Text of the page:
In retrospect it makes sense. The more direct contact you have with people in other places, the more common points of reference you need. Say you're developing open-source software with a dude in New Zealand who's telling you about his sister being an idiot. He can tell you she's a typical blonde idiot, but that's not very specific. Is she a Britney Spears idiot or a Paris Hilton idiot? Both these women owe a lot of their fame and fortune to the fact that people worldwide need sophisticated ways to differentiate between subtle shades of idiot.

A lot of people like to hammer the idea that celebrities are gods, and certainly, when Britney Spears backs up traffic, paralyzes my daily commute, and magically summons helicopters just by visiting a courtroom, it's possible to see her as some strange, demented goddess, just because of the tremendous power her whims and moods can exert over strangers. She gets sad and the traffic changes. But I think it's much more realistic to see celebrities as words. Their fame gives us common reference points all over the world. I might not see my cousins in Canada very often, but if I tell them the woman I'm dating is basically Elaine from Seinfeld and my boss is basically Beck, the signal/noise ratio is incredible. That's a very detailed picture of my life from a relatively small number of words.

Just for the mental exercise, flip it around. Imagine telling somebody you're dating Beck and your boss is Elaine from Seinfeld. Same characters, but you've just described an infinitely different life in a very small number of terms which anyone in the English-speaking world can understand.

Or, somebody asks you what your roommate's like, and you tell them he and his girlfriend act like Scully and Mulder.

(Because you know Fox Mulder's roommates got weirded out in college. "Dude, why is the sofa bleeding?" "Let me tell you my theory.")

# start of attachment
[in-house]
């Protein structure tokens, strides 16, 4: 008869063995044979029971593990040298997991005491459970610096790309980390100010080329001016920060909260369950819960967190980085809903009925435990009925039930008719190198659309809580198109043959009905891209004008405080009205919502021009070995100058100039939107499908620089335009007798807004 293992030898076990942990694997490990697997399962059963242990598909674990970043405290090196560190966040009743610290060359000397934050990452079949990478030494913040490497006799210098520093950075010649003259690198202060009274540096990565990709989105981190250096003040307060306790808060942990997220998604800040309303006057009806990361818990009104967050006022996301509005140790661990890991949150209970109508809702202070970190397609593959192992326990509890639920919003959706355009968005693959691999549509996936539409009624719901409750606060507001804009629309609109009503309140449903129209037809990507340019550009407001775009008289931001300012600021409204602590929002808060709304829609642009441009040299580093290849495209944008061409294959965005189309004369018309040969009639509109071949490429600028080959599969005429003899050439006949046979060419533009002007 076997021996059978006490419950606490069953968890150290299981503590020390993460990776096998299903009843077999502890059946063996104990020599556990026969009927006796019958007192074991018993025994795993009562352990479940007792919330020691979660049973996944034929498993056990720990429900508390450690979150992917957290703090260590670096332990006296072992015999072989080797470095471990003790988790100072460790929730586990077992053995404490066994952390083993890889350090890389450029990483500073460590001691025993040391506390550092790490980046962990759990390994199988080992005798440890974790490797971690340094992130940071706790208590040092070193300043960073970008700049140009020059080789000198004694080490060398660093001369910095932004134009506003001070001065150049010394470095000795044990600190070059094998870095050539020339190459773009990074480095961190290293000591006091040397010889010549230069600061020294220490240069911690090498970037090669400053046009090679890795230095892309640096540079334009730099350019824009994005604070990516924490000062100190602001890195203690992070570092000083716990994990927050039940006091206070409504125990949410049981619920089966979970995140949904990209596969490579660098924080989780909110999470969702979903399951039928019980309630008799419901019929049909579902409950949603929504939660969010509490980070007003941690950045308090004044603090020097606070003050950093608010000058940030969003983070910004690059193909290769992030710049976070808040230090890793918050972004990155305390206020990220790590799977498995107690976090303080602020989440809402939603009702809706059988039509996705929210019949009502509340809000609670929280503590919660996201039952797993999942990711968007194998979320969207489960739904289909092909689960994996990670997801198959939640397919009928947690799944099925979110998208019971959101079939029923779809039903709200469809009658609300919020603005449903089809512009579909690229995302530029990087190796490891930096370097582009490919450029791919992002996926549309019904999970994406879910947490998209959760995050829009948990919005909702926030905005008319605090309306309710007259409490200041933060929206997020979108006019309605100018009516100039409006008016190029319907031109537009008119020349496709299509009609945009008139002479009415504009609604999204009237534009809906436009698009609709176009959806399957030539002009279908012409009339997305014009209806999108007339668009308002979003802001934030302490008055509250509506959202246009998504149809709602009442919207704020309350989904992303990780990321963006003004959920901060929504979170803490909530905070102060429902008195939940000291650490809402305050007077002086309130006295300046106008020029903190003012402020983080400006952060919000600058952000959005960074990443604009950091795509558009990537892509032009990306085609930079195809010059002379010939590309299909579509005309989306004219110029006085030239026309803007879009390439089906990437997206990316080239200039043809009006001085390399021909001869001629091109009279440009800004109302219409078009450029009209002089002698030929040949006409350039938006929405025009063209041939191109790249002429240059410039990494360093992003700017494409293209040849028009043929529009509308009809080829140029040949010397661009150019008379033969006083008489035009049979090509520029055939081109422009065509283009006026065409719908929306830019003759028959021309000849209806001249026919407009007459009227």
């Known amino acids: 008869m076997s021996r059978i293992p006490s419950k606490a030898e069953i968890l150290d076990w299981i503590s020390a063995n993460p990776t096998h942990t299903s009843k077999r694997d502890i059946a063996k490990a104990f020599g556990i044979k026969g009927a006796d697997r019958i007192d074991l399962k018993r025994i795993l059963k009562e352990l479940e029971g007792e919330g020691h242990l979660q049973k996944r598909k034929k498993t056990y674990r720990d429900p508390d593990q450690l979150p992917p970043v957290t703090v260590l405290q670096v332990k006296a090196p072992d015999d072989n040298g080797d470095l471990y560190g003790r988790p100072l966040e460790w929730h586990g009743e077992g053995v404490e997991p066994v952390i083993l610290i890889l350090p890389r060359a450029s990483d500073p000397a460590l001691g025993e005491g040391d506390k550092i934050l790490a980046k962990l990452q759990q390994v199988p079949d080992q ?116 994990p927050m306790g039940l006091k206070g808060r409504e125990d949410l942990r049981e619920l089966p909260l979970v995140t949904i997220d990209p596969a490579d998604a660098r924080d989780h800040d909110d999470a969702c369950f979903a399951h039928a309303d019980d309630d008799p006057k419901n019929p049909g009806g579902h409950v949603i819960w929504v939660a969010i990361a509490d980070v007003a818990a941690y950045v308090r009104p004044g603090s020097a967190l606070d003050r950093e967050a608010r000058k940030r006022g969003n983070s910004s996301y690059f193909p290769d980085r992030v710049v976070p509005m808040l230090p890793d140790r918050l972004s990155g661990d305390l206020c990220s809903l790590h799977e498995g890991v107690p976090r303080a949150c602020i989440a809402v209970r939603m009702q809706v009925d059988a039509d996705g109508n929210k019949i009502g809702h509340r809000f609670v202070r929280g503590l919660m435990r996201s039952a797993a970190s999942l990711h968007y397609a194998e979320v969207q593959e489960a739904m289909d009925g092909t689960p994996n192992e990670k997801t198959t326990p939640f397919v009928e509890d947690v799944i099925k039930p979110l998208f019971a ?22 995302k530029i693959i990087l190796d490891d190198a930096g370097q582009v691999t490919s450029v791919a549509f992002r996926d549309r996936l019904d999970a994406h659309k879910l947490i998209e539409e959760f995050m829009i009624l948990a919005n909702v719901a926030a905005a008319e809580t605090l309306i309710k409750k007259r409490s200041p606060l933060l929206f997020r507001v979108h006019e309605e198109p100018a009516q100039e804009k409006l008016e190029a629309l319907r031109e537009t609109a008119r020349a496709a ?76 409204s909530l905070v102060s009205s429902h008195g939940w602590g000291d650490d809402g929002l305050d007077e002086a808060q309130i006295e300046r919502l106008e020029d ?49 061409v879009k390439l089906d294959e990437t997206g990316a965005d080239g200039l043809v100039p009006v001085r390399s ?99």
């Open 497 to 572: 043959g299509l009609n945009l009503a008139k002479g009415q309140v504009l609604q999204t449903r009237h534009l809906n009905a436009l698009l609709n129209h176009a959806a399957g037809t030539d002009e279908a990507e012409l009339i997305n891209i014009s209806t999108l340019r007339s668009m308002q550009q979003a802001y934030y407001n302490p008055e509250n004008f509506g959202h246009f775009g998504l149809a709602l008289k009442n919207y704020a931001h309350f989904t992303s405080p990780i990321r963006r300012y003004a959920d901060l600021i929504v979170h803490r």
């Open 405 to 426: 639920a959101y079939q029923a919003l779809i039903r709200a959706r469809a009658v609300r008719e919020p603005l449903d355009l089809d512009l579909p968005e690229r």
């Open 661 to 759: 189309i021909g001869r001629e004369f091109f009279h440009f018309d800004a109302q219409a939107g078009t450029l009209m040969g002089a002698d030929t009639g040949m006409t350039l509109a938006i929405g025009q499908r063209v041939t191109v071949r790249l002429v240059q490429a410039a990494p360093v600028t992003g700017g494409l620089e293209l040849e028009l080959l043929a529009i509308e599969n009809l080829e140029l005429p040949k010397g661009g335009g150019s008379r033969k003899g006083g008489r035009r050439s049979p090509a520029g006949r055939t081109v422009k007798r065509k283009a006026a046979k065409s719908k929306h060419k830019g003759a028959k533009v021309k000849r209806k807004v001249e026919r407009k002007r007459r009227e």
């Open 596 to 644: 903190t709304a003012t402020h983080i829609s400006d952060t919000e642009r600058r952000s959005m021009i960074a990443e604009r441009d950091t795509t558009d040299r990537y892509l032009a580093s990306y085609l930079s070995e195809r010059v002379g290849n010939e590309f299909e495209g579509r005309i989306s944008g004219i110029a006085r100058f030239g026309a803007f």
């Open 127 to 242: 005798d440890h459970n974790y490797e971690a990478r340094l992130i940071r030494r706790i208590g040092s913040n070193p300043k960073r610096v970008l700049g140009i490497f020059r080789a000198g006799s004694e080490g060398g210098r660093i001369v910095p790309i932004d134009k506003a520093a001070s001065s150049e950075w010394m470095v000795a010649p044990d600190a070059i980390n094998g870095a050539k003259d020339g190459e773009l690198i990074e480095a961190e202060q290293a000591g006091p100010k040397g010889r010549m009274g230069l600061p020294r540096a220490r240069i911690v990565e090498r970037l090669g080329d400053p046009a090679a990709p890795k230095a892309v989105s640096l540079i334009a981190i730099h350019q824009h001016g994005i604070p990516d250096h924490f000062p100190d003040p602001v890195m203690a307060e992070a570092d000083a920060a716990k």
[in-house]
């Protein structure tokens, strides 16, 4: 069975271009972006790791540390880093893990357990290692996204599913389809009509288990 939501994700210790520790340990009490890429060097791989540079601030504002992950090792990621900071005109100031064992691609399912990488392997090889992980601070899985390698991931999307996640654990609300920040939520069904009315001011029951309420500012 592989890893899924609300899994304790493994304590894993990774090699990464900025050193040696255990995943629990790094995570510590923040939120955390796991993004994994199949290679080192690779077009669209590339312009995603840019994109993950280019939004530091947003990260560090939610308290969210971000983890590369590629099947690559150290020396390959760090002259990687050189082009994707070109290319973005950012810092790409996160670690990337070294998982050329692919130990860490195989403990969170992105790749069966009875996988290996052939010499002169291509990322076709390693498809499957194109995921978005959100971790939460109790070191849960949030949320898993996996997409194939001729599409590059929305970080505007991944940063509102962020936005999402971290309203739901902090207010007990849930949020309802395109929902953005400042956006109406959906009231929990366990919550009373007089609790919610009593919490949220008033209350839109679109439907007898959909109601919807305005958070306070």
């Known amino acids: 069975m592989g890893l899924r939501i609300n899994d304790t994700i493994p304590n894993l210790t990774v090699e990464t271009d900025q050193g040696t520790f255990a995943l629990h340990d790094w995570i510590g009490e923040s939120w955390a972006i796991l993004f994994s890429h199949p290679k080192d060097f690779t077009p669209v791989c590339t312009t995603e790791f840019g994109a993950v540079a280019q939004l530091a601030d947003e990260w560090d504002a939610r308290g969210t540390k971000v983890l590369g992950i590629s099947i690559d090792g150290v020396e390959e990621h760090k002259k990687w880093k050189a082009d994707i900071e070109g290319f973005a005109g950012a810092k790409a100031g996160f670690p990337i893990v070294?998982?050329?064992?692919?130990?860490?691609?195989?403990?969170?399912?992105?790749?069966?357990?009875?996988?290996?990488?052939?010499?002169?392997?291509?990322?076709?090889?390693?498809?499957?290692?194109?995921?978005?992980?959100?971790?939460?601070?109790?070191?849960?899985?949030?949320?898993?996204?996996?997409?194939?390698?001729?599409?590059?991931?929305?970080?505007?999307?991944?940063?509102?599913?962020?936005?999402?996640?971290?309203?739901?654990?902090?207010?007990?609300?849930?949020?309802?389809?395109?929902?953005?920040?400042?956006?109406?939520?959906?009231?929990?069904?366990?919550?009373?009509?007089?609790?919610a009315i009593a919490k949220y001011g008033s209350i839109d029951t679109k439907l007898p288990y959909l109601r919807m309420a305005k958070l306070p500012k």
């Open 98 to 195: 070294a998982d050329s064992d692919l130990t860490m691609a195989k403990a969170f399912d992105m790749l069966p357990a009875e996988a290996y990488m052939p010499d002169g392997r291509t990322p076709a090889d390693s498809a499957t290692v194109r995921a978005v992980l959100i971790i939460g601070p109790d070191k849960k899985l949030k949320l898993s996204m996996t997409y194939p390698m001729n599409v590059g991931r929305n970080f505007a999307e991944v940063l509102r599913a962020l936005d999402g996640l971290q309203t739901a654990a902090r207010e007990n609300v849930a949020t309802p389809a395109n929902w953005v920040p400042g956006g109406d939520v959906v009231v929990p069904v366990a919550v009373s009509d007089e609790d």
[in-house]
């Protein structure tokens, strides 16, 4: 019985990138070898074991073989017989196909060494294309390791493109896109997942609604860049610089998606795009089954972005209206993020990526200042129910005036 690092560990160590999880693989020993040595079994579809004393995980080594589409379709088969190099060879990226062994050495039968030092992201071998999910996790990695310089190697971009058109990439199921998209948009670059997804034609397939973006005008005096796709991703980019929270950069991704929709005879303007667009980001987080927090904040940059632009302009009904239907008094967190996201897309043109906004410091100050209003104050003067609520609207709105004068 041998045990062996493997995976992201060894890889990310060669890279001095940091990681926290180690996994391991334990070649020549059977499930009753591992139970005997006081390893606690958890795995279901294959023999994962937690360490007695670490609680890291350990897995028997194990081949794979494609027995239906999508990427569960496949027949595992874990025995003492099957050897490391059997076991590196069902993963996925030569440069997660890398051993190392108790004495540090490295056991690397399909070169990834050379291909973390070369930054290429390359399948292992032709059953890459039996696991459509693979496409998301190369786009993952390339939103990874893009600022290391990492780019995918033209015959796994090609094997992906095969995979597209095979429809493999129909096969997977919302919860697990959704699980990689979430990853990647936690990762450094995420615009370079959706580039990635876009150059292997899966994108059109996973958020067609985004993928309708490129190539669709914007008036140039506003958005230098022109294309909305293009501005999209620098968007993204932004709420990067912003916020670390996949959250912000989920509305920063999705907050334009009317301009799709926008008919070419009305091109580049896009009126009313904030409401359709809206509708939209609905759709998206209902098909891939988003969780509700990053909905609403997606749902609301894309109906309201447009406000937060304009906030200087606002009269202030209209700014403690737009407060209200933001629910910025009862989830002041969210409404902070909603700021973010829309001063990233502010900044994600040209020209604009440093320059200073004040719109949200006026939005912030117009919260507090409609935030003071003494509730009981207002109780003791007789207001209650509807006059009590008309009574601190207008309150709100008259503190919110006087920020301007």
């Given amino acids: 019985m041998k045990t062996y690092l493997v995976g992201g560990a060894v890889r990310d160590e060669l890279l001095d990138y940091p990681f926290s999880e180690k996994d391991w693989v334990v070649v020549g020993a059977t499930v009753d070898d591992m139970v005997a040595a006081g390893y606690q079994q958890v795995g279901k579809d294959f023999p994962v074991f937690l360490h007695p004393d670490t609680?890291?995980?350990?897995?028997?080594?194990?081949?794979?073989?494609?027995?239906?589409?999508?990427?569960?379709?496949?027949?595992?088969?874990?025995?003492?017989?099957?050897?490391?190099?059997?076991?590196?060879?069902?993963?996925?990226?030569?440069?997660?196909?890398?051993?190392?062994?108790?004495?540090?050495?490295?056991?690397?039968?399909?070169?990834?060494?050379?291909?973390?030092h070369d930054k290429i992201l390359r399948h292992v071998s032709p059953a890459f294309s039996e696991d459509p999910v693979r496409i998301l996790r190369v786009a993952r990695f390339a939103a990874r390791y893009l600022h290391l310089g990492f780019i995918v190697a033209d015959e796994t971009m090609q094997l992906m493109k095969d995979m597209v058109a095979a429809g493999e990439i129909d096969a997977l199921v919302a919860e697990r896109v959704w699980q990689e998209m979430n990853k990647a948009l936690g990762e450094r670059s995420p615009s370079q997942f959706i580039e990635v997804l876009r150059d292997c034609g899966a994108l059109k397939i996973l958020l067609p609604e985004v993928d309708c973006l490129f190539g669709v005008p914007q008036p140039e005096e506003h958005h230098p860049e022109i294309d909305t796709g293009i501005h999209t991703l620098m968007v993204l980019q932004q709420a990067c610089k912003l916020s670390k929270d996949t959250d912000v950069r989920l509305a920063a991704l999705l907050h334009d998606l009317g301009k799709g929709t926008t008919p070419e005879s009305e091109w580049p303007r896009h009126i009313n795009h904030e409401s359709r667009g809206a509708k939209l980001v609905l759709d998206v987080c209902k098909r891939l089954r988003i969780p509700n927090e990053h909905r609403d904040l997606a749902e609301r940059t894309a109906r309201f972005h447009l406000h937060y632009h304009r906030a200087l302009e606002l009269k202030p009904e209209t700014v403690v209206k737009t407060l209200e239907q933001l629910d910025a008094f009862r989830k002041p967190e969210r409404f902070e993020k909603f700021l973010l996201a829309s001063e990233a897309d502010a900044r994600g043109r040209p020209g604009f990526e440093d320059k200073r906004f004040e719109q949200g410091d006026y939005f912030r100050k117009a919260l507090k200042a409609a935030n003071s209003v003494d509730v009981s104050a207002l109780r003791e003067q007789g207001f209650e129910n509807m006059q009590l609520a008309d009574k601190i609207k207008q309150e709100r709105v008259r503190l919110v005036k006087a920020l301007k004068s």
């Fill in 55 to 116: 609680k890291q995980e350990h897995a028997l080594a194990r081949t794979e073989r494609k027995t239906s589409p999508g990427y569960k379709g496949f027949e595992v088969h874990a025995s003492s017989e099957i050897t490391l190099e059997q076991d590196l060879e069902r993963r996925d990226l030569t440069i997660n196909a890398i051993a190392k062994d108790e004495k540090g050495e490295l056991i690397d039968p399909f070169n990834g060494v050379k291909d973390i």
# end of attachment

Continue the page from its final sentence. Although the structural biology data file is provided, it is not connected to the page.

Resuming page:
If celebrities enable high-resolution conversation, micro-celebrities constitute words in domain-specific languages. The difference between DHH and Paul Graham matters to programmers, but it doesn't matter to anybody else (except maybe venture capitalists). Programmers need multiple programmer-celebrities for the same reason Eskimos allegedly have so many words for snow. There's a reason public awareness of specific celebrities fragments across groups the same way the use of words does.

There's two things going on when we talk about Internet fame - there are people who become famous only within their tribe, like Paul Graham and DHH, and there are people who become famous in the usual sense, but it starts on the Internet, sometimes without doing anything noteworthy. Soulja Boy and the Arctic Monkeys leveraged Internet fame to achieve conventional fame while actually doing something - in each case making music - but Tila Tequila and Julia Allison skipped the doing something and jumped straight to the fame. That makes them Paris Hiltons - not in the idiot sense of the word, but the paparazzi sense.

Lots of people want fame. This is why Julia Allison crashes TechCrunch parties and dated Kevin Rose. The Internet is a major engine driving fame today. Fame-seekers want to learn more about it.